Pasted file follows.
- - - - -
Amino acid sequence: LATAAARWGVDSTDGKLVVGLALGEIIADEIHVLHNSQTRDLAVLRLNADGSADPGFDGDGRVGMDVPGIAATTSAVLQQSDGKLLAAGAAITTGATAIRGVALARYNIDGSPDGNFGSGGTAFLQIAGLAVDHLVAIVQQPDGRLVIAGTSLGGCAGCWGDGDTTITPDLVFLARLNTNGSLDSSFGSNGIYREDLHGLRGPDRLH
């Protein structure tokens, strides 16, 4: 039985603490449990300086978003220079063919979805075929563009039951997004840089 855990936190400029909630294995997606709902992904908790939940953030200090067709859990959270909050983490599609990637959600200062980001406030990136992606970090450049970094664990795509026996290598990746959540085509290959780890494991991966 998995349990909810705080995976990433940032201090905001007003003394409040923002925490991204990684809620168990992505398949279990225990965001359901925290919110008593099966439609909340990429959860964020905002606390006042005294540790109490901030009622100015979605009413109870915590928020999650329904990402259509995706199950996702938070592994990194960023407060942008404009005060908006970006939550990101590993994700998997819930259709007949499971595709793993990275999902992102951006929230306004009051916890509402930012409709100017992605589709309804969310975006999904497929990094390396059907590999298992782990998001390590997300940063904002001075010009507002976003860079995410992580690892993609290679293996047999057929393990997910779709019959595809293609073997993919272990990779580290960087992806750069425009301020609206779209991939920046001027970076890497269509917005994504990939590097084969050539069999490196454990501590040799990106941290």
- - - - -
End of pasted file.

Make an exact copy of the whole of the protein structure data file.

Amino acid sequence: LATAAARWGVDSTDGKLVVGLALGEIIADEIHVLHNSQTRDLAVLRLNADGSADPGFDGDGRVGMDVPGIAATTSAVLQQSDGKLLAAGAAITTGATAIRGVALARYNIDGSPDGNFGSGGTAFLQIAGLAVDHLVAIVQQPDGRLVIAGTSLGGCAGCWGDGDTTITPDLVFLARLNTNGSLDSSFGSNGIYREDLHGLRGPDRLH
């Protein structure tokens, strides 16, 4: 039985603490449990300086978003220079063919979805075929563009039951997004840089 855990936190400029909630294995997606709902992904908790939940953030200090067709859990959270909050983490599609990637959600200062980001406030990136992606970090450049970094664990795509026996290598990746959540085509290959780890494991991966 998995349990909810705080995976990433940032201090905001007003003394409040923002925490991204990684809620168990992505398949279990225990965001359901925290919110008593099966439609909340990429959860964020905002606390006042005294540790109490901030009622100015979605009413109870915590928020999650329904990402259509995706199950996702938070592994990194960023407060942008404009005060908006970006939550990101590993994700998997819930259709007949499971595709793993990275999902992102951006929230306004009051916890509402930012409709100017992605589709309804969310975006999904497929990094390396059907590999298992782990998001390590997300940063904002001075010009507002976003860079995410992580690892993609290679293996047999057929393990997910779709019959595809293609073997993919272990990779580290960087992806750069425009301020609206779209991939920046001027970076890497269509917005994504990939590097084969050539069999490196454990501590040799990106941290």